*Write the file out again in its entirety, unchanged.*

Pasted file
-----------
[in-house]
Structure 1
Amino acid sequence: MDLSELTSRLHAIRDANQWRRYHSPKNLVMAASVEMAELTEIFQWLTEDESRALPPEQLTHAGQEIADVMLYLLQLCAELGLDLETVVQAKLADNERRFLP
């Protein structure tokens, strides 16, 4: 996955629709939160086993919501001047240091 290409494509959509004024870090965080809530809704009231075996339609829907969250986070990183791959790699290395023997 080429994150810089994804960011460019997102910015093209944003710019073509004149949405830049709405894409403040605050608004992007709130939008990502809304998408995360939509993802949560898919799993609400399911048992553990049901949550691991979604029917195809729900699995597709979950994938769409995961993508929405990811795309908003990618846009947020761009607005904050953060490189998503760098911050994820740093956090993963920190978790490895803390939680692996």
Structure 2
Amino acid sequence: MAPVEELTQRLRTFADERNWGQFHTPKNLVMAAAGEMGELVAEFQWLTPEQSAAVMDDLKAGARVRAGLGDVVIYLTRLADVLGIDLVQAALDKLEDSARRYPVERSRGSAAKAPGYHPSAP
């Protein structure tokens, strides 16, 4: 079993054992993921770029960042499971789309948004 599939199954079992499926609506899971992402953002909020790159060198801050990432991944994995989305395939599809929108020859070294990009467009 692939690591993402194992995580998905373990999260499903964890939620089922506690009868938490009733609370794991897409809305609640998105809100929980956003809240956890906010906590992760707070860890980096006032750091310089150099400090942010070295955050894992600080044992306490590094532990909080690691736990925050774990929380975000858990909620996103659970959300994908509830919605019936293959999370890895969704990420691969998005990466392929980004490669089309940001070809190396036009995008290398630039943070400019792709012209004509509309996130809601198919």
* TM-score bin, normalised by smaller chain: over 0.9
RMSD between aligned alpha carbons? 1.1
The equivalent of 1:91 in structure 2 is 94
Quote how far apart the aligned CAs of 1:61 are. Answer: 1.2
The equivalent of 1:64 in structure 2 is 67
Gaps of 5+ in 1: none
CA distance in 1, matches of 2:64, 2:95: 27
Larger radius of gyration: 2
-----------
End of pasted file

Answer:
[in-house]
Structure 1
Amino acid sequence: MDLSELTSRLHAIRDANQWRRYHSPKNLVMAASVEMAELTEIFQWLTEDESRALPPEQLTHAGQEIADVMLYLLQLCAELGLDLETVVQAKLADNERRFLP
């Protein structure tokens, strides 16, 4: 996955629709939160086993919501001047240091 290409494509959509004024870090965080809530809704009231075996339609829907969250986070990183791959790699290395023997 080429994150810089994804960011460019997102910015093209944003710019073509004149949405830049709405894409403040605050608004992007709130939008990502809304998408995360939509993802949560898919799993609400399911048992553990049901949550691991979604029917195809729900699995597709979950994938769409995961993508929405990811795309908003990618846009947020761009607005904050953060490189998503760098911050994820740093956090993963920190978790490895803390939680692996």
Structure 2
Amino acid sequence: MAPVEELTQRLRTFADERNWGQFHTPKNLVMAAAGEMGELVAEFQWLTPEQSAAVMDDLKAGARVRAGLGDVVIYLTRLADVLGIDLVQAALDKLEDSARRYPVERSRGSAAKAPGYHPSAP
């Protein structure tokens, strides 16, 4: 079993054992993921770029960042499971789309948004 599939199954079992499926609506899971992402953002909020790159060198801050990432991944994995989305395939599809929108020859070294990009467009 692939690591993402194992995580998905373990999260499903964890939620089922506690009868938490009733609370794991897409809305609640998105809100929980956003809240956890906010906590992760707070860890980096006032750091310089150099400090942010070295955050894992600080044992306490590094532990909080690691736990925050774990929380975000858990909620996103659970959300994908509830919605019936293959999370890895969704990420691969998005990466392929980004490669089309940001070809190396036009995008290398630039943070400019792709012209004509509309996130809601198919």
* TM-score bin, normalised by smaller chain: over 0.9
RMSD between aligned alpha carbons? 1.1
The equivalent of 1:91 in structure 2 is 94
Quote how far apart the aligned CAs of 1:61 are. Answer: 1.2
The equivalent of 1:64 in structure 2 is 67
Gaps of 5+ in 1: none
CA distance in 1, matches of 2:64, 2:95: 27
Larger radius of gyration: 2